Atopic dermatitis was defined based on the criteria of Hanifin and Rajka.14 This diagnosis requires the presence of 3 of 4 major criteria and at least 3 of 23 minor signs. Major criteria are defined as (1) pruritus; (2) typical morphologic features and distribution (erythema with vesicles/papules and/or scaling/squamatization in a minimum of 2 regions); (3) chronic dermatitis (physician-verified dermatitis for a minimum of 6 weeks or recurrent dermatitis within 6 months); and (4) atopic history (all mothers included had a history of asthma). Of the minor signs in the criteria, the following 4 were excluded: keratoconus and anterior subcapsular cataracts (because they required identification by an ophthalmologist), delayed blanch (because it required an injection of methacholine), and impaired cell-mediated immunity.

The severity of AD was scored using the SCORAD (Scoring Atopic Dermatitis) index, ranging from 0 to 103 points,15 which includes the assessment of (1) extent, (2) intensity (erythema, edema/papules, oozing/crust, excoriation, lichenification, and dryness on a scale from 0 to 3), and (3) subjective symptoms (pruritus and sleeplessness [using a scale from 0-10 of the parents' subjective opinion of the child's degree of pruritus and sleeplessness]). The severity of AD was subsequently categorized into mild (<15 SCORAD points), moderate (15-40 SCORAD points), and severe (>40 SCORAD points) according to the objective components of the index (clinical signs and disease extent), ranging from 0 to 83 points16 (ie, excluding subjective components pruritus and sleeplessness from the SCORAD index).

TREATMENT OF ECZEMA

Standard operation procedures at the CRU outlined treatment recommendations as skin moisturizers and topical corticosteroids, mainly mild (hydrocortisone) for eczema located to the head and genitals and mid-strength (hydrocortisone butyrate) for eczema located at the body and extremities. The amount of treatment used was quantified as number, amount, and duration of treatment courses.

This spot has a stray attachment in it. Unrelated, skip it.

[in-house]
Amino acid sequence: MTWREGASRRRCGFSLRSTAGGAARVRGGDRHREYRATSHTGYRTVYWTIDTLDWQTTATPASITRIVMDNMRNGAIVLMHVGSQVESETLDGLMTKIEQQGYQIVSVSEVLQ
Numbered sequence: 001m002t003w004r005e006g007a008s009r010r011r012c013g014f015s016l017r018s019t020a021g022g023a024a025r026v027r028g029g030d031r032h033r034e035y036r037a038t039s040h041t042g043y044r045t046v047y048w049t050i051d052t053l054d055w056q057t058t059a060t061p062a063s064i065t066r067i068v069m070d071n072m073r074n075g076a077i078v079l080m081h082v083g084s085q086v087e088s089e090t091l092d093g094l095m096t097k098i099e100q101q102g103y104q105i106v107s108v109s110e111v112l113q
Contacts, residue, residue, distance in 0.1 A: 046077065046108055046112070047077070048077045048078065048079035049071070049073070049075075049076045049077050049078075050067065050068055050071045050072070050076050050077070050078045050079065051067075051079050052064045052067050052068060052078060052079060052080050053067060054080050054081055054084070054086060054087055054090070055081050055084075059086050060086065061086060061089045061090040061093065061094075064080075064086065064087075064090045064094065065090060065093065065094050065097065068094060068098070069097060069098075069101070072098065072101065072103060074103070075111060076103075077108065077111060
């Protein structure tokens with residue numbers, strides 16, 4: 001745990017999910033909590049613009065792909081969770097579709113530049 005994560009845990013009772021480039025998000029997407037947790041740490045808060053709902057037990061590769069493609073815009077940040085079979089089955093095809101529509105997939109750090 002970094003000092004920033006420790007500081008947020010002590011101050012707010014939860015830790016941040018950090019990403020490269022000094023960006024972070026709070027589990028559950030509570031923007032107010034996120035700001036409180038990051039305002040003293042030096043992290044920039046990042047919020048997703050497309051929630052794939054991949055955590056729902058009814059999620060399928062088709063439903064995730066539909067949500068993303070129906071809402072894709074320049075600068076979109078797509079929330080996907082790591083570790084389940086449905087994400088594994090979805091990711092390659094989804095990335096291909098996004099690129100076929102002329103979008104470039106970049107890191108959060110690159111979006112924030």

DATA ANALYSIS

Data were entered online into the cohort database. The central tendency and dispersion are reported as the arithmetic mean ± SD.

Kaplan-Meier survival analysis methods were used to compute cumulative probabilities of AD diagnosis by age up to 3 years. Those censored in this analysis were children not completing the study to age 3 years (censored at time of withdrawal) and those completing visits through age 3 years without an AD diagnosis (censored at age 3 years). This analysis was stratified by sex, and the log-rank test was used to compare probabilities between sex across age.

The odds of AD diagnosis by age 3 years were computed for those with and without a skin lesion observed at the 18-month visit for each of 10 main body regions. Sample odds ratios (ORs) were calculated, including 95% confidence intervals (CIs) based on asymptotic theory. For this analysis, subjects were restricted to those who had had a skin lesion in at least 1 body region by the 18-month visit and completed the study through age 3 years.

Fisher exact and χ2 tests were used to compare proportions. P<.05 was considered significant.